By Kathy Lien, Managing Director of FX Strategy for BK Asset Management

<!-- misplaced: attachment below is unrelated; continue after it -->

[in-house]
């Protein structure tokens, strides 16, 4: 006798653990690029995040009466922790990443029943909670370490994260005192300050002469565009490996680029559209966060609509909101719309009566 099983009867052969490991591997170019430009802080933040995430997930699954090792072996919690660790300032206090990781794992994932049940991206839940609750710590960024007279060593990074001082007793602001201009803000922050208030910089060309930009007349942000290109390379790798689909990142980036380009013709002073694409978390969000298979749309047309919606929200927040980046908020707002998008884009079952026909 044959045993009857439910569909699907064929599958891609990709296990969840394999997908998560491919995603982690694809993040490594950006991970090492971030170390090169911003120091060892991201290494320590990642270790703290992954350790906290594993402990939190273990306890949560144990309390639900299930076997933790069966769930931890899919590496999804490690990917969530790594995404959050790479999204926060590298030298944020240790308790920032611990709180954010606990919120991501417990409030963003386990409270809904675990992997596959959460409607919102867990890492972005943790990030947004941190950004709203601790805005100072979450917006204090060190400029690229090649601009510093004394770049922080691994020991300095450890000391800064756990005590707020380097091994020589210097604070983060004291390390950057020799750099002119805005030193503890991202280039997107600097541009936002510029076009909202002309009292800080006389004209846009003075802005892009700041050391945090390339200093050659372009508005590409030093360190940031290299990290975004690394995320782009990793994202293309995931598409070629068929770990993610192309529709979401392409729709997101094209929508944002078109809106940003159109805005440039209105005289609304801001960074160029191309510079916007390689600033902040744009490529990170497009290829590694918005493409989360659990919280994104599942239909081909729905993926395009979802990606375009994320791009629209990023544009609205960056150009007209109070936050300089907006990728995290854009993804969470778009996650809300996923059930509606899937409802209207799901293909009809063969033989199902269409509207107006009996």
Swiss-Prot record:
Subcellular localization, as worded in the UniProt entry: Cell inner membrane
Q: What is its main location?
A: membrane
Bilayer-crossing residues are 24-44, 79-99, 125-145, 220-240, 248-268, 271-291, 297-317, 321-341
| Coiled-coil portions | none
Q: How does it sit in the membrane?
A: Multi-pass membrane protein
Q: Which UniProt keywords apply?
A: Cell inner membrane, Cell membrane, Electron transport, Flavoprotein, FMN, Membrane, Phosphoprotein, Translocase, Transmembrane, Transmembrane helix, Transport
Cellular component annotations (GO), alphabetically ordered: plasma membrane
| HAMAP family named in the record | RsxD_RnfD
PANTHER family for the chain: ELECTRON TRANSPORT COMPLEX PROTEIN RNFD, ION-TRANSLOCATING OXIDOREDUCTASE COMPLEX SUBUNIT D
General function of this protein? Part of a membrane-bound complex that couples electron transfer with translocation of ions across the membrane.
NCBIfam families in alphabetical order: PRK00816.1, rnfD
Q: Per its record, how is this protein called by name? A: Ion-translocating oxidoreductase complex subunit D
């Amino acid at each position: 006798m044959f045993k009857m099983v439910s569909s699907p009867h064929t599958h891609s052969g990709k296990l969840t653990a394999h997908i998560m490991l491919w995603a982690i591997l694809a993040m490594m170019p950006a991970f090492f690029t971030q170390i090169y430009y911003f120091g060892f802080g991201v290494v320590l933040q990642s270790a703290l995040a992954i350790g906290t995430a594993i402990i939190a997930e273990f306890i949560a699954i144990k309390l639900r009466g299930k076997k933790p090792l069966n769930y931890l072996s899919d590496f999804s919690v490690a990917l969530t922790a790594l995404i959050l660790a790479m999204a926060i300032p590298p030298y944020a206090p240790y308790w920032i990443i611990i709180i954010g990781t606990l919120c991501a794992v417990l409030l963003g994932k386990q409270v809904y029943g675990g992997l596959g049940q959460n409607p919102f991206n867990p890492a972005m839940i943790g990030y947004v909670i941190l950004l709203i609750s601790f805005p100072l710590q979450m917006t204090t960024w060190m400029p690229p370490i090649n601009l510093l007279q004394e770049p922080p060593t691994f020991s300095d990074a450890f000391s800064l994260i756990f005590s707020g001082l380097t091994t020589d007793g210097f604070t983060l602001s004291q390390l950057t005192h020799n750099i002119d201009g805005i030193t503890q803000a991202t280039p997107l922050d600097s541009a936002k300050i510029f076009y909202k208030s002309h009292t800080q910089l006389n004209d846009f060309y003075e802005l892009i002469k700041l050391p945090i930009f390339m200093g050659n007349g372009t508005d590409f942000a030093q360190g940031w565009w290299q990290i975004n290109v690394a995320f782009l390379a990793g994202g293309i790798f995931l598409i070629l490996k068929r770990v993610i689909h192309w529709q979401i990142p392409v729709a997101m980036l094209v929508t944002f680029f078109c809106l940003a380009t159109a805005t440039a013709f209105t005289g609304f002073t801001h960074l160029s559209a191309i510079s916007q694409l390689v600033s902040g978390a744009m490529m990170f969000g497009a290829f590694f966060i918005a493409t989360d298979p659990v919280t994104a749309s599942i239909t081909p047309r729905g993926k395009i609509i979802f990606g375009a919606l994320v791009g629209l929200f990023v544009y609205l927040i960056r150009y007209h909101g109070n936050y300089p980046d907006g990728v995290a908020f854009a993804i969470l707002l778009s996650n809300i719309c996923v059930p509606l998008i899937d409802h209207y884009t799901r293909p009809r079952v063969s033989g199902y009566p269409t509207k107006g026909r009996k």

As the week draws to a close, politics is in central focus. There are two big deadlines looming – a potential U.S. government shutdown if a funding bill is not passed by Friday and a vote by the Social Democrats in Germany to begin talks with Angela Merkel on a grand coalition this weekend. With the clock ticking, the U.S. dollar and euro could come under selling pressure as investors take profits or cut their long positions ahead of these key event-risks. If members of Congress fail to a reach a deal or the SPD votes against a coalition, the dollar and euro will fall sharply. The U.S. dollar sold off across the board Thursday on the back of Sen. McConnell’s warning to plan for a shutdown, with some eleventh-hour scrambling, we still believe the GOP will secure enough votes to keep the government running and if we’re right, it should lead to a dollar recovery. But there will only be a bounce if they reach a deal because right now, investors still think that’s unlikely. Softer U.S. data compounded the dollar’s losses with housing starts and building permits falling. The Philadelphia manufacturing index also dropped to 22.2 from 26.2. Jobless claims hit a record low but investors shrugged off the improvement because claims can be very volatile this time of the year due to seasonal hiring. The University of Michigan’s consumer sentiment index is the only piece of U.S. data scheduled for release on Friday so developments in Washington will be the primary focus. For the fourth day in a row, EUR/USD held above 1.22, which is a testament to the amount of bids underneath this key level. As a former breakout point, it is holding firm but whether the pair takes out this week’s high or today’s low will depend on the outcome of SPD vote. Despite the resistance, leaders of the Social Democratic Party believe they will secure enough votes to win approval to move forward with a coalition deal and EUR/USD traders are hoping that’s e true because if they don’t EUR/USD will fall quickly and aggressively. ECB officials are growing uncomfortable with the euro’s strength and have begun to jawbone the currency. If we don’t see a pullback early next week, we expect ECB President Draghi to join the chorus of central bankers trying to talk the currency down. Although the account of the last meeting revealed policymakers looking to alter their guidance, between the rise in German yields and the strength of the currency, we don’t expect this change to occur at the ECB meeting next week. The risk of a disappointment makes EUR/USD vulnerable to a correction. However all of that depends upon political developments that are difficult to handicap. This uncertainty should limit a further breakout or breakdown in EUR/USD until the outcomes are known. Meanwhile, sterling comes back into focus on Friday with U.K. retail sales scheduled for release. We haven’t seen a pullback in sterling in 6 trading days and if spending beats expectations GBP/USD will most certainly hit 1.40. To the relief of sterling bulls, this week’s Parliamentary debate on Brexit provided no new headlines with MPs approving the key European Union (withdrawal) Bill by 29 votes, a win for Prime Minister May. Although economists are looking for spending to decline at the end of the year according to the British Retail Consortium, spending growth has held steady. With the bar so low, the data could beat. The Australian and New Zealand dollars extended their gains on the back of stronger-than-expected GDP data. Year-over-year growth held steady at 6.8%, against expectations for a decline but on a quarterly basis, growth slowed to 1.6% from 1.8%. Retail sales were also weaker but industrial production growth accelerated. Investors braced for uniformly weak data so the modest surprise helped take AUD/USD above 80 cents and NZD/USD above 73 cents. They also found Australian labor data satisfactory as job growth came in two times greater than expected. This improvement helped to offset the rise in the unemployment rate and the smaller increase in full time jobs. Although there was a more even mix of full and part time work, the latest report reinforces the labor market’s positive direction. The New Zealand dollar continued to power higher ahead of Thursday’s business PMI report. It will be interesting to see if the recent strength of NZD affected sentiment. USD/CAD tried to make a run for 1.25 but ended the day much closer to 1.24. The pair should remain under pressure following the Bank of Canada’s rate hike and its optimistic outlook for Canada’s economy.